Financial crisis and contagion have been established in the literature on finance and business to be easily
transmitted from one market to the other when there is strong cross-market linkages due to globalization.
Following several major financial crises, not the least, the 2008 – 2009 which emanated from the U.S.
subprime housing crisis, this study sought to provide evidence on the level of correlation between the U.S.,
United Kingdom and Japanese markets on one hand and the Nigerian stock market on the other whether
their linkages are cases of mere interdependence or pure contagion.
In order to establish this, this study employed the restrictive Constant Correlation (CCC-GARCH) and the
Dynamic Conditional Correlation (DCC-GARCH), the simple linear regression technique, among others,
to test whether the relationships between these markets differ remarkably in the post-crisis period from the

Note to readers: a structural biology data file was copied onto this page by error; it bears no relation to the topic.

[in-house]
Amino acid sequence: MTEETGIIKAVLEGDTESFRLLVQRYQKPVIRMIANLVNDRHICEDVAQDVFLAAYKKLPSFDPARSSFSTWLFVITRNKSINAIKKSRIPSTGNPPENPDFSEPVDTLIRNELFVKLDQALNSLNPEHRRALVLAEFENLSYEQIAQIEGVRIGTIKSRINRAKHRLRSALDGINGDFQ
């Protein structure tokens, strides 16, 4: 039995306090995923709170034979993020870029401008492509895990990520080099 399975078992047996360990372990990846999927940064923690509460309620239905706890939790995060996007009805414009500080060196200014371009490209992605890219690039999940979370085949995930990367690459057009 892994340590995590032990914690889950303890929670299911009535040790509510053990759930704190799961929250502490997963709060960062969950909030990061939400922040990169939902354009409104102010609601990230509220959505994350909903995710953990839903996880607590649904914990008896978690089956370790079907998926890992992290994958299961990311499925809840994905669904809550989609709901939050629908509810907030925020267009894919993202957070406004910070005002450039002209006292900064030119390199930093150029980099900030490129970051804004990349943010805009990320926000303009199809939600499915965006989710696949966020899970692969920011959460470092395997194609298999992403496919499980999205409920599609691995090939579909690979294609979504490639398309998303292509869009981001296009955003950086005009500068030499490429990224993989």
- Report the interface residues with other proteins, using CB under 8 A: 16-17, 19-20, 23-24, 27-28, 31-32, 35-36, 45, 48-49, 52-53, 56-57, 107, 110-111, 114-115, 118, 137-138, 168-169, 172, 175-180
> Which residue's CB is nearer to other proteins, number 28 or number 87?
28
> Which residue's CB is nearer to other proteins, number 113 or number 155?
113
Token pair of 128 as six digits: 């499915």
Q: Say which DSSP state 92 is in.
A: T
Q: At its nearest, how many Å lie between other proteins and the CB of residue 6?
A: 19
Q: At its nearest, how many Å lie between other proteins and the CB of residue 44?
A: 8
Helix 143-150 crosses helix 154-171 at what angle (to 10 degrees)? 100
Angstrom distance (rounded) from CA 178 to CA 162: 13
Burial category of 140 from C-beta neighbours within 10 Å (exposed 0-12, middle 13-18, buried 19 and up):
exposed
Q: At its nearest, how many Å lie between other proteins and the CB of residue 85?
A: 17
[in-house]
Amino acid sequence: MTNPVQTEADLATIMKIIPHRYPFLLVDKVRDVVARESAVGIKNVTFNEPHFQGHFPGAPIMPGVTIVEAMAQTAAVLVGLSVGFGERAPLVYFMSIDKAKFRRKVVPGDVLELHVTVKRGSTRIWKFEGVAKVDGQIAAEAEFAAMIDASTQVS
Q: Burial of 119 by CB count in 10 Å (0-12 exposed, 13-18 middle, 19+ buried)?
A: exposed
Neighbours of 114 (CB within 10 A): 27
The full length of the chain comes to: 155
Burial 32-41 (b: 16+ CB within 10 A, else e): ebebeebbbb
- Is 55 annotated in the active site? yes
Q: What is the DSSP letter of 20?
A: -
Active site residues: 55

The results indicate that the CCC-GARCH and DCC-GARCH terms for some of the stock returns are
statistically significant within the 1% and 10% conventional significance levels. Overall, this indicates that
during the 2008 - 2009 period, the crisis influenced the conditional correlation co-efficients between the
three major markets and Nigeria; but while the relationship between the U.S. and Nigerian markets was a
case of pure contagion, in addition to persistence of volatility in the latter, this was not the case with the
other pairs in the analysis. This result was equally substantiated by the correlation test result which
indicated a pure contagion between the U.S. and Nigerian stock markets as evident from the absolute t =
- 4.750 or - 3.923 (/t/ > 2.576 Two tail test) for adjusted and unadjusted correlations respectively.
Based on the findings, this study concluded that there was a case of pure contagion between the U.S. and
the Nigerian stock market but not with the other pairs in the analysis whose linkages were found to be mere
interdependence. By implication this validates the veracity of findings in some earlier studies that financial
crisis can be transmitted, however, not all such cases were pure contagion as some were mere